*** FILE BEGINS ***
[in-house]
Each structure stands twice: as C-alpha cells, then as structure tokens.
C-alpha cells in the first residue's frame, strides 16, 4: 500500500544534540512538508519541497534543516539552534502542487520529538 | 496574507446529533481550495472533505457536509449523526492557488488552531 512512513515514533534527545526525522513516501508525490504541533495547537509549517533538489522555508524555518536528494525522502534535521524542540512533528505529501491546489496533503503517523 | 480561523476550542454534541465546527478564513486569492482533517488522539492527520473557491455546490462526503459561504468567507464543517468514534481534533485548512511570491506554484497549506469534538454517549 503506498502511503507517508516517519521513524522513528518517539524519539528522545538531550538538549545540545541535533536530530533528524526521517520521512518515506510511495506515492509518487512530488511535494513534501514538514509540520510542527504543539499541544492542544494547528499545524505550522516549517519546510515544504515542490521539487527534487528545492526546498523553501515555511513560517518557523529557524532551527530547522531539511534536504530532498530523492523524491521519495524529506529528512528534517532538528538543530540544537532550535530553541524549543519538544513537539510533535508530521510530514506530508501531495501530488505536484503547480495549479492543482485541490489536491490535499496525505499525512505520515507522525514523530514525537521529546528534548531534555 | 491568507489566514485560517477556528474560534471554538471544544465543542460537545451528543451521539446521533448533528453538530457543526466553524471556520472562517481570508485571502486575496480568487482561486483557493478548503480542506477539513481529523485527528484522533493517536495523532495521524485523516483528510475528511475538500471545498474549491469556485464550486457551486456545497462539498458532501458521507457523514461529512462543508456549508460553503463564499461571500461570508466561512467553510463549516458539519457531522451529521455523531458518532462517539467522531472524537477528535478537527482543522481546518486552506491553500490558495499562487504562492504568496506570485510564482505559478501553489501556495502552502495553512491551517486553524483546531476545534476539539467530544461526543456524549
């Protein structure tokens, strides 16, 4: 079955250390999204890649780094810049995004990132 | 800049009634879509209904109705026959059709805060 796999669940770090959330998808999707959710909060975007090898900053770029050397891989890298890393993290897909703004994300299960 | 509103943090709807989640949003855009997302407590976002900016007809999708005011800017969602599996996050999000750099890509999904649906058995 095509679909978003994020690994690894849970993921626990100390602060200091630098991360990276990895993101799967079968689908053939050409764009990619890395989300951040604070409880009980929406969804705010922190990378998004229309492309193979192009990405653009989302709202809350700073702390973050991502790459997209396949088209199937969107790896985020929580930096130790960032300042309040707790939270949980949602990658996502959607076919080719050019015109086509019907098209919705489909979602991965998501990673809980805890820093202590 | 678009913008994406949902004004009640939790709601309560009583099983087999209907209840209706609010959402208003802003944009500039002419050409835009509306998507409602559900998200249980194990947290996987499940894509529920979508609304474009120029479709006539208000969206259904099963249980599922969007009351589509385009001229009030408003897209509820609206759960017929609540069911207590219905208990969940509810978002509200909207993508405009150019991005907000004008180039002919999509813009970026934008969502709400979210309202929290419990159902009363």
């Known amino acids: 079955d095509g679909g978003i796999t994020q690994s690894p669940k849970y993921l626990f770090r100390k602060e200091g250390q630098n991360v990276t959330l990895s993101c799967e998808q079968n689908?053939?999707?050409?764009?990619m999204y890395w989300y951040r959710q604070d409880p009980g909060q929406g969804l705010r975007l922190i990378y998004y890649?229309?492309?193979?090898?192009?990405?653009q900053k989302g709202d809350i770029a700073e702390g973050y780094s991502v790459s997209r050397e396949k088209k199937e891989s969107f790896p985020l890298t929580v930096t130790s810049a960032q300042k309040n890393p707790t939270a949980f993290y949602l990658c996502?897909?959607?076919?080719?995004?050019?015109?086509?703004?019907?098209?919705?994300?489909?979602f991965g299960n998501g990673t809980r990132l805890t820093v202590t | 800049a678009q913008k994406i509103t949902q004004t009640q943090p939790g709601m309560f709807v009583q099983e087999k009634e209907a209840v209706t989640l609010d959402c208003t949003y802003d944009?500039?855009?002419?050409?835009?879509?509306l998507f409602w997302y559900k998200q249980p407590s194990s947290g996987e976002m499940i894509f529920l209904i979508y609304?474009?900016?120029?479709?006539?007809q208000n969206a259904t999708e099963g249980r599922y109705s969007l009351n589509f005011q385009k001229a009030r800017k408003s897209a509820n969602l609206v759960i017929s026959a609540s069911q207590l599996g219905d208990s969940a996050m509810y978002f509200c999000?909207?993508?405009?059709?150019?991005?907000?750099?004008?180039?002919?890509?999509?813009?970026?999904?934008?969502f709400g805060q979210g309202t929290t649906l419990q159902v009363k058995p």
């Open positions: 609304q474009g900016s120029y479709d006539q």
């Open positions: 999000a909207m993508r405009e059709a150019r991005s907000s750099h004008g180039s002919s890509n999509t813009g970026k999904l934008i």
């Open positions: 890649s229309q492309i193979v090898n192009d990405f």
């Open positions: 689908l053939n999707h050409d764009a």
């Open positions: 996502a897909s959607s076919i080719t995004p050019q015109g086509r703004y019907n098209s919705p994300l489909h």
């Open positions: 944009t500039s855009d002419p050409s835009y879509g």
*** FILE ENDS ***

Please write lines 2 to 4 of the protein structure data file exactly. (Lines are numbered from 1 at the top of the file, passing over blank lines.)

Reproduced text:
Each structure stands twice: as C-alpha cells, then as structure tokens.
C-alpha cells in the first residue's frame, strides 16, 4: 500500500544534540512538508519541497534543516539552534502542487520529538 | 496574507446529533481550495472533505457536509449523526492557488488552531 512512513515514533534527545526525522513516501508525490504541533495547537509549517533538489522555508524555518536528494525522502534535521524542540512533528505529501491546489496533503503517523 | 480561523476550542454534541465546527478564513486569492482533517488522539492527520473557491455546490462526503459561504468567507464543517468514534481534533485548512511570491506554484497549506469534538454517549 503506498502511503507517508516517519521513524522513528518517539524519539528522545538531550538538549545540545541535533536530530533528524526521517520521512518515506510511495506515492509518487512530488511535494513534501514538514509540520510542527504543539499541544492542544494547528499545524505550522516549517519546510515544504515542490521539487527534487528545492526546498523553501515555511513560517518557523529557524532551527530547522531539511534536504530532498530523492523524491521519495524529506529528512528534517532538528538543530540544537532550535530553541524549543519538544513537539510533535508530521510530514506530508501531495501530488505536484503547480495549479492543482485541490489536491490535499496525505499525512505520515507522525514523530514525537521529546528534548531534555 | 491568507489566514485560517477556528474560534471554538471544544465543542460537545451528543451521539446521533448533528453538530457543526466553524471556520472562517481570508485571502486575496480568487482561486483557493478548503480542506477539513481529523485527528484522533493517536495523532495521524485523516483528510475528511475538500471545498474549491469556485464550486457551486456545497462539498458532501458521507457523514461529512462543508456549508460553503463564499461571500461570508466561512467553510463549516458539519457531522451529521455523531458518532462517539467522531472524537477528535478537527482543522481546518486552506491553500490558495499562487504562492504568496506570485510564482505559478501553489501556495502552502495553512491551517486553524483546531476545534476539539467530544461526543456524549
């Protein structure tokens, strides 16, 4: 079955250390999204890649780094810049995004990132 | 800049009634879509209904109705026959059709805060 796999669940770090959330998808999707959710909060975007090898900053770029050397891989890298890393993290897909703004994300299960 | 509103943090709807989640949003855009997302407590976002900016007809999708005011800017969602599996996050999000750099890509999904649906058995 095509679909978003994020690994690894849970993921626990100390602060200091630098991360990276990895993101799967079968689908053939050409764009990619890395989300951040604070409880009980929406969804705010922190990378998004229309492309193979192009990405653009989302709202809350700073702390973050991502790459997209396949088209199937969107790896985020929580930096130790960032300042309040707790939270949980949602990658996502959607076919080719050019015109086509019907098209919705489909979602991965998501990673809980805890820093202590 | 678009913008994406949902004004009640939790709601309560009583099983087999209907209840209706609010959402208003802003944009500039002419050409835009509306998507409602559900998200249980194990947290996987499940894509529920979508609304474009120029479709006539208000969206259904099963249980599922969007009351589509385009001229009030408003897209509820609206759960017929609540069911207590219905208990969940509810978002509200909207993508405009150019991005907000004008180039002919999509813009970026934008969502709400979210309202929290419990159902009363």